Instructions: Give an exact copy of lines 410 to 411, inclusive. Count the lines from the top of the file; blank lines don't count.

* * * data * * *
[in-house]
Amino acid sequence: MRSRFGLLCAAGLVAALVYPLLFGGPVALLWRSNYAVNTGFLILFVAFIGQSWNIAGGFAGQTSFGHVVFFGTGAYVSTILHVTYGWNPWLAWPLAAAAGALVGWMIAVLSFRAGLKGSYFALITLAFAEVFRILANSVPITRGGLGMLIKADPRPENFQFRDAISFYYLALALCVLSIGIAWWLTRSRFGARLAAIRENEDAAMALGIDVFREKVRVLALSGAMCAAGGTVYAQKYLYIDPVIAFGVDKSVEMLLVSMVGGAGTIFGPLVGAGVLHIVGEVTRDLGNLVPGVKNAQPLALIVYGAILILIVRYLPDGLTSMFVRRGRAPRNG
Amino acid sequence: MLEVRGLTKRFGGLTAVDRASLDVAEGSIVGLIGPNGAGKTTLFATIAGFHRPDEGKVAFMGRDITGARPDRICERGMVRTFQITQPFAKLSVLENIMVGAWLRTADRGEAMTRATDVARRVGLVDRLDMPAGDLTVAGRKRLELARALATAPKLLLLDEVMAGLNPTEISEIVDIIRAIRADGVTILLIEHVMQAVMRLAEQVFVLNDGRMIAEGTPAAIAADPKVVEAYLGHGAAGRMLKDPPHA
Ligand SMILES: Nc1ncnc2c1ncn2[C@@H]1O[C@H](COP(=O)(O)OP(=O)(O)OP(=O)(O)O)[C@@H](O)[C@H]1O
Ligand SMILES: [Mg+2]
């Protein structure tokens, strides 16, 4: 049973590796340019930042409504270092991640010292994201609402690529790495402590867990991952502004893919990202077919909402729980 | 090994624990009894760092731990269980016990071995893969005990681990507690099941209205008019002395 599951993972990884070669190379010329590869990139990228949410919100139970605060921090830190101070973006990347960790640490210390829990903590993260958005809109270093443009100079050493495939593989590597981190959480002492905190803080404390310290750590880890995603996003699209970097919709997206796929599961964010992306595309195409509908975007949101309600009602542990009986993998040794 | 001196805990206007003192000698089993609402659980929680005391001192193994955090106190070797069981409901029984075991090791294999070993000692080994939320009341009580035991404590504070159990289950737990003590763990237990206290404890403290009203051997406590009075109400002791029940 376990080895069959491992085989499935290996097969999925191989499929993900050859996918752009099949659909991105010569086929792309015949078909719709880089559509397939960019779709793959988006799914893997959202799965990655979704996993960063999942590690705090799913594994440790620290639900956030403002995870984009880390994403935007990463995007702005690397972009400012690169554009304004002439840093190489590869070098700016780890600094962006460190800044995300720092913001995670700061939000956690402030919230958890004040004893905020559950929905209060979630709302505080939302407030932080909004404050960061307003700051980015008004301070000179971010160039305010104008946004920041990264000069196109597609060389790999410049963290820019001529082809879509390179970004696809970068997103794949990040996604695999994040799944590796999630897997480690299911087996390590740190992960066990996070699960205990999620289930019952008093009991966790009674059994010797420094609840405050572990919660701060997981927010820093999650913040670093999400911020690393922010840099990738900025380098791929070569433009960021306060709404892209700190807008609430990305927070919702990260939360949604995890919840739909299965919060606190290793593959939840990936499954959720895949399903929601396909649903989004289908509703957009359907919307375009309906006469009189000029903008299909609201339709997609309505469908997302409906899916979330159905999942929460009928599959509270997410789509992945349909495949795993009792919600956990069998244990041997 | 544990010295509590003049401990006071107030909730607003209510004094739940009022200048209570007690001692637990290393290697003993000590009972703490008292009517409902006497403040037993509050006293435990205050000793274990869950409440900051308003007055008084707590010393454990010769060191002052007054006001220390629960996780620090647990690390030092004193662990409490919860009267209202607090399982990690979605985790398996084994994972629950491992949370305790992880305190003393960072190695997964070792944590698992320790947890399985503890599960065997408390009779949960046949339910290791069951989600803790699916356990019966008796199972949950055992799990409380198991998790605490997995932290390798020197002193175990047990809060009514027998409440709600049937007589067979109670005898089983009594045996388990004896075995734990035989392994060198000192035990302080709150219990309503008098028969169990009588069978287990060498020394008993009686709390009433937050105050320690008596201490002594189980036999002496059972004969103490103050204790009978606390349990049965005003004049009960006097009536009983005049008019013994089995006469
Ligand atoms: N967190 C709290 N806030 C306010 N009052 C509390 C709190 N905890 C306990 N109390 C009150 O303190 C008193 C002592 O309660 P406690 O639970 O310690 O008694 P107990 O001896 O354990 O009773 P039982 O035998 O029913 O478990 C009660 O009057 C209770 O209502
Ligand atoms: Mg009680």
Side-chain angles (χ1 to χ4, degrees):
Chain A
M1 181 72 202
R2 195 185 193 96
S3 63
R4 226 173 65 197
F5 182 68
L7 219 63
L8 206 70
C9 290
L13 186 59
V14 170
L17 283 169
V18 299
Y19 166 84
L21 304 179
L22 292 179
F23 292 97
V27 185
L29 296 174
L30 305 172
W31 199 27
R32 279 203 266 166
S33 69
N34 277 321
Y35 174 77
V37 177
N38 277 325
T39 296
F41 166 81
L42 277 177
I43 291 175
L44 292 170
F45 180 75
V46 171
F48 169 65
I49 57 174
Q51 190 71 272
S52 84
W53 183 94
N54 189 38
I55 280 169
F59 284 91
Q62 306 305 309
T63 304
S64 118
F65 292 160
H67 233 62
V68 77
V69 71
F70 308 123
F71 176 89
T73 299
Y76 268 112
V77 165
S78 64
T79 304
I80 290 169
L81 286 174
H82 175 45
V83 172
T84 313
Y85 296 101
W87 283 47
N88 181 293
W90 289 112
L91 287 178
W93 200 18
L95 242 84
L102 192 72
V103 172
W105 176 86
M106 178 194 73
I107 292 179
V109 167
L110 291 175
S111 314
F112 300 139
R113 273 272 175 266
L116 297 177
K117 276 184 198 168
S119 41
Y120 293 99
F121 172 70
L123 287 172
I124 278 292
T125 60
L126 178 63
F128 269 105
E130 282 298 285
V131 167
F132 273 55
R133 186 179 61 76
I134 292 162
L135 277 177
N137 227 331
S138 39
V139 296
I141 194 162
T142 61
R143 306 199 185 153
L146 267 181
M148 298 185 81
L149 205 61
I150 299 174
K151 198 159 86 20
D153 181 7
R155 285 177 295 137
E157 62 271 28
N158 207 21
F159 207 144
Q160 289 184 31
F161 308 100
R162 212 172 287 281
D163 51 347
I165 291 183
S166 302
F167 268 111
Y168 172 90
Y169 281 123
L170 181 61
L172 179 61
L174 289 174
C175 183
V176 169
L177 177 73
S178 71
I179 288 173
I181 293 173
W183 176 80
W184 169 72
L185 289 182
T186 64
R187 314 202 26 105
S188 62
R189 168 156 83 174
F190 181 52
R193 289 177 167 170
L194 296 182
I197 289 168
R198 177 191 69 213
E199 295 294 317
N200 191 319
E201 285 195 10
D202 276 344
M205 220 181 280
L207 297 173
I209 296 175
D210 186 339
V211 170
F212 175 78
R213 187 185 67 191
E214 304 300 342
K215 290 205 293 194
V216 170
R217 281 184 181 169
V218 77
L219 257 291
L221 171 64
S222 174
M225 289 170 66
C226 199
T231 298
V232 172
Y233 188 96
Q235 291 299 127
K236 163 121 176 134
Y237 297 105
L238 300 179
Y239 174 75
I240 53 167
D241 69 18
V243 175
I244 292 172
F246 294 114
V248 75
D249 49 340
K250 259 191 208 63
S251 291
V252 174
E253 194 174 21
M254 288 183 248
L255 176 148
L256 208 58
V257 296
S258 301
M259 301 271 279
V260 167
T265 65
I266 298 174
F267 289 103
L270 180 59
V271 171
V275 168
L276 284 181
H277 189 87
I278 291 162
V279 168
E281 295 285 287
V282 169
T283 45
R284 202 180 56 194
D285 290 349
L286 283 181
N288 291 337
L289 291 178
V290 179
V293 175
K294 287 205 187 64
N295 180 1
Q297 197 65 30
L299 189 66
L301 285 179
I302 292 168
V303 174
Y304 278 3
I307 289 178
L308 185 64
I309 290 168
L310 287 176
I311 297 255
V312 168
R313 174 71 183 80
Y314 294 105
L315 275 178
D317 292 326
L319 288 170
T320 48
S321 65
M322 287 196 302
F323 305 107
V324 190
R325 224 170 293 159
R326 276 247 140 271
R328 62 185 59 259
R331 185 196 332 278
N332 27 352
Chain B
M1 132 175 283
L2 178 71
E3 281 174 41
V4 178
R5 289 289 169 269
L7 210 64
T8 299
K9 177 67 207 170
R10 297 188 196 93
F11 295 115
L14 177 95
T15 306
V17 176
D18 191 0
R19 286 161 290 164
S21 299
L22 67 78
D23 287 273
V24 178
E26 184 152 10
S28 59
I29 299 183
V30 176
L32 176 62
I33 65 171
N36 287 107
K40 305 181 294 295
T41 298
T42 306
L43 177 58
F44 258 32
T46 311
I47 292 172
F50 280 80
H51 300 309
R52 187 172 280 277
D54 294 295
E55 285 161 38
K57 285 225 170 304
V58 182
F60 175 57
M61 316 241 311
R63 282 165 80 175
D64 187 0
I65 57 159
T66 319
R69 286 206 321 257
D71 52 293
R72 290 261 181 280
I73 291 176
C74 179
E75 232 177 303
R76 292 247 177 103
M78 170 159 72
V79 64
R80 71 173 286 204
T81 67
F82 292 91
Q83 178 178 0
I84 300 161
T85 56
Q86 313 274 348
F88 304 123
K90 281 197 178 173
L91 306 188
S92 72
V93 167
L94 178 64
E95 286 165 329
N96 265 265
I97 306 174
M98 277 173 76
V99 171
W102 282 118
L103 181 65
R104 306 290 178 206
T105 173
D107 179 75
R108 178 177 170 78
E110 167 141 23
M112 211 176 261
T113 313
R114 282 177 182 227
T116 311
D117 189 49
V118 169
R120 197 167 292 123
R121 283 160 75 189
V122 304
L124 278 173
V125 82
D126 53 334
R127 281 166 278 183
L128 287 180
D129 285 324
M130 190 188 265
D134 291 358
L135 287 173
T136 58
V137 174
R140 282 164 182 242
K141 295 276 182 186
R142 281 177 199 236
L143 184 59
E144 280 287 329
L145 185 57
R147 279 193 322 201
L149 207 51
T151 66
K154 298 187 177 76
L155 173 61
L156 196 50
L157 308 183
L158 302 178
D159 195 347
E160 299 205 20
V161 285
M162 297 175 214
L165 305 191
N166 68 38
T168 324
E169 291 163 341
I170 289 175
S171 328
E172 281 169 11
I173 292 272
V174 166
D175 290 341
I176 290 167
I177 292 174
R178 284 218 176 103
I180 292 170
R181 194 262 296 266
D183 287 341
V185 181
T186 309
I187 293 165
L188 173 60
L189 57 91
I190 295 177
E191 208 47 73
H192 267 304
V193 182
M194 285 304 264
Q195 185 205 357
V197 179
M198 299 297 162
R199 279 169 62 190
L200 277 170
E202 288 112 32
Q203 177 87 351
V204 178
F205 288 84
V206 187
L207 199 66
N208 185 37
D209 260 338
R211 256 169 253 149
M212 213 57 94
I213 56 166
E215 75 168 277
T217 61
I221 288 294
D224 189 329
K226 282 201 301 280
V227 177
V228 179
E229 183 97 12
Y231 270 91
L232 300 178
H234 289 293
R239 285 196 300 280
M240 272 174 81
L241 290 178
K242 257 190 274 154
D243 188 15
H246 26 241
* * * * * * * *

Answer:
D224 189 329
K226 282 201 301 280